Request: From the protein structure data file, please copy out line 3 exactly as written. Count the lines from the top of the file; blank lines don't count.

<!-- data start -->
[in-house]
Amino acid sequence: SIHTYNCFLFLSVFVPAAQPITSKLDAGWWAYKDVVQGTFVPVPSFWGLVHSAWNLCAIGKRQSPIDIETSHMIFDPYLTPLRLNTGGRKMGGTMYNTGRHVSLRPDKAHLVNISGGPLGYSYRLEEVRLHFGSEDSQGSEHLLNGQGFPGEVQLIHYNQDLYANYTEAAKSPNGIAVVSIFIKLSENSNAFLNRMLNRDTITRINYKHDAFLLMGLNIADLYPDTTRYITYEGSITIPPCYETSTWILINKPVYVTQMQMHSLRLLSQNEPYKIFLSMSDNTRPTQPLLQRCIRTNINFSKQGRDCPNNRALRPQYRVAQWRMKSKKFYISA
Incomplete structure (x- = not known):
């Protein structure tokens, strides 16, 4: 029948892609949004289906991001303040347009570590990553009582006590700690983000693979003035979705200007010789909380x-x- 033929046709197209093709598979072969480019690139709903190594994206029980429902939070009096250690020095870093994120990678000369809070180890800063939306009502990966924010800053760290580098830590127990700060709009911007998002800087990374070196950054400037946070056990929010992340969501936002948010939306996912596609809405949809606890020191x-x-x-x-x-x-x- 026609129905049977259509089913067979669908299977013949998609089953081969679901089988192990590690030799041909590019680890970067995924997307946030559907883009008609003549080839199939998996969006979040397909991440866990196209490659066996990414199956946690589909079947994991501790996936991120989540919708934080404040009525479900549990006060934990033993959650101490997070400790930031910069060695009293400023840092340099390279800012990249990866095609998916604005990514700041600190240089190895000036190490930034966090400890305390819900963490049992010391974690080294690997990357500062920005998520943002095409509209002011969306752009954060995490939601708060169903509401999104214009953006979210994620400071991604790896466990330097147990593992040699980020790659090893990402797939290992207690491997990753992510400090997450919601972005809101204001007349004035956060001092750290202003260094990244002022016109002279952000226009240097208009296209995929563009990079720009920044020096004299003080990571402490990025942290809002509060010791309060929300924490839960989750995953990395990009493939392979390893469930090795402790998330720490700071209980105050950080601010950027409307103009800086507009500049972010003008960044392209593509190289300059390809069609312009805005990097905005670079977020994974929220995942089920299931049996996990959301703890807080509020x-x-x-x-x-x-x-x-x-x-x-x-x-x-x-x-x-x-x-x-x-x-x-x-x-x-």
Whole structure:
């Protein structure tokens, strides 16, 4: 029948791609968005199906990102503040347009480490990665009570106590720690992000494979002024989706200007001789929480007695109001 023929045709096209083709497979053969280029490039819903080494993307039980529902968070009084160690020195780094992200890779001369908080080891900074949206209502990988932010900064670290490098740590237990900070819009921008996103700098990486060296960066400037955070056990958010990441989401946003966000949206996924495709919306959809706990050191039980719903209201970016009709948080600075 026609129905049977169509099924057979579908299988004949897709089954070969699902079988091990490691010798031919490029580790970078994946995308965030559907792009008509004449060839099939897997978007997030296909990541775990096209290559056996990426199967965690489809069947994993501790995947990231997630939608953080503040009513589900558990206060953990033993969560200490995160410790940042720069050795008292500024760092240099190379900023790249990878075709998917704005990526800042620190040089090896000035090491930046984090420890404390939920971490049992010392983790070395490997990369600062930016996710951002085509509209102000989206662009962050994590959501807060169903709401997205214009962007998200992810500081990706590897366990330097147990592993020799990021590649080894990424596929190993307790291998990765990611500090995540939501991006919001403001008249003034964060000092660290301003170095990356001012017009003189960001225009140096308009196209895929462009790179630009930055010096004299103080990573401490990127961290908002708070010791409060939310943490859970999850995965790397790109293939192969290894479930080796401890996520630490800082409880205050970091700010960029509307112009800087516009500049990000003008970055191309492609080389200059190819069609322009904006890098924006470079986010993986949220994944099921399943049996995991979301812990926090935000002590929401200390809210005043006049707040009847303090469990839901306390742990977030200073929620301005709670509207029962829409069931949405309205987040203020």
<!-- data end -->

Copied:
Incomplete structure (x- = not known):